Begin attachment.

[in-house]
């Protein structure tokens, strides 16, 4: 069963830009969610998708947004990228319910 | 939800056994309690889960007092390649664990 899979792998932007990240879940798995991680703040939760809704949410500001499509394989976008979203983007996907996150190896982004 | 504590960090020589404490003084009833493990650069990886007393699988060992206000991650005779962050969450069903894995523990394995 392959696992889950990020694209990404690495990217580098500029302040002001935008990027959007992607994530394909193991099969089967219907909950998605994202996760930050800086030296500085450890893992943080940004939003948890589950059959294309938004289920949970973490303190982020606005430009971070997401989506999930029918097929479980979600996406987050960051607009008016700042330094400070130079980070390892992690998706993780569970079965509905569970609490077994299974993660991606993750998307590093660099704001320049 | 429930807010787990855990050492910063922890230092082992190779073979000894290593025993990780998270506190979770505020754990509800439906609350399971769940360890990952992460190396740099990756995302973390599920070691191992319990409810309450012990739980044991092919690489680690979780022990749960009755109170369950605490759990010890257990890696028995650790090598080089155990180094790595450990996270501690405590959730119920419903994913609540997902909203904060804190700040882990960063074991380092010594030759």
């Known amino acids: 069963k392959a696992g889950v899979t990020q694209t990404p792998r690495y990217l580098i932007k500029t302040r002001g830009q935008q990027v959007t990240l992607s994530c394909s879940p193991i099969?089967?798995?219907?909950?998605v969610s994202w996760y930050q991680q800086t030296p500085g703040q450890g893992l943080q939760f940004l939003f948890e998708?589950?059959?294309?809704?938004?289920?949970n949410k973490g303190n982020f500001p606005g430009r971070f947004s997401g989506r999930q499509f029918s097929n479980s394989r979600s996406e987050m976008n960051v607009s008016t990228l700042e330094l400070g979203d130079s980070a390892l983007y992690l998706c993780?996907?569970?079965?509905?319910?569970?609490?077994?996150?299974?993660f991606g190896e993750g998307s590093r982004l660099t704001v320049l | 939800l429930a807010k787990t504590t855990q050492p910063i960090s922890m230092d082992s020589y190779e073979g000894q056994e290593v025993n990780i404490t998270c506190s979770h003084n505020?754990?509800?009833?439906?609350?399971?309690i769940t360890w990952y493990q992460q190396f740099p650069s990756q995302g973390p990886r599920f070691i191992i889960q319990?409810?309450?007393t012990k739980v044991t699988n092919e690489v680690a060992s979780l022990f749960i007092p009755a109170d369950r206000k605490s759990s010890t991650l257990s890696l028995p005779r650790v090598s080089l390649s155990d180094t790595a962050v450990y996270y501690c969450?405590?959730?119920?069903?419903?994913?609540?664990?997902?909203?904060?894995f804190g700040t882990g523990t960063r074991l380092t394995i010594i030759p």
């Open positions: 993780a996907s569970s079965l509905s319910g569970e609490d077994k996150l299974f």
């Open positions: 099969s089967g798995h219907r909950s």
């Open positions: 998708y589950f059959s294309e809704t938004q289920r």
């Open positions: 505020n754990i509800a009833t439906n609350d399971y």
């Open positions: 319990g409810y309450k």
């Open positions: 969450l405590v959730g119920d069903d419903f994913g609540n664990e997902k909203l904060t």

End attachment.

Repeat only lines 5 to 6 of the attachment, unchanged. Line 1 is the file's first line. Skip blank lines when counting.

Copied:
């Open positions: 099969s089967g798995h219907r909950s």
């Open positions: 998708y589950f059959s294309e809704t938004q289920r």